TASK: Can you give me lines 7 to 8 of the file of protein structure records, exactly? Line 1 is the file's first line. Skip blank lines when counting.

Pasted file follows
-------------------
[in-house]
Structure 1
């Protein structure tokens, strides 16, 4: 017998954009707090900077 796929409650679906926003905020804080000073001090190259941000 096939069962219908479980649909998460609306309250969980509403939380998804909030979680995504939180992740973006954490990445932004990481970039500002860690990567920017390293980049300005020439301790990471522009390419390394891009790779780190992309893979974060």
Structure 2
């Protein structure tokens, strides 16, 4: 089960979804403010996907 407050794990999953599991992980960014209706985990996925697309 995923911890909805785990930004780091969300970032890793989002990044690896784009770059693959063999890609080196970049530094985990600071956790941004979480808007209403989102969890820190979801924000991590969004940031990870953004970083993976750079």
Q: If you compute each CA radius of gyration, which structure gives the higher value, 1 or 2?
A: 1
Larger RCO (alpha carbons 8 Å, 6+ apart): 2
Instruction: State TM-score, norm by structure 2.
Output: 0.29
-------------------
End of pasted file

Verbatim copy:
A: 1
Larger RCO (alpha carbons 8 Å, 6+ apart): 2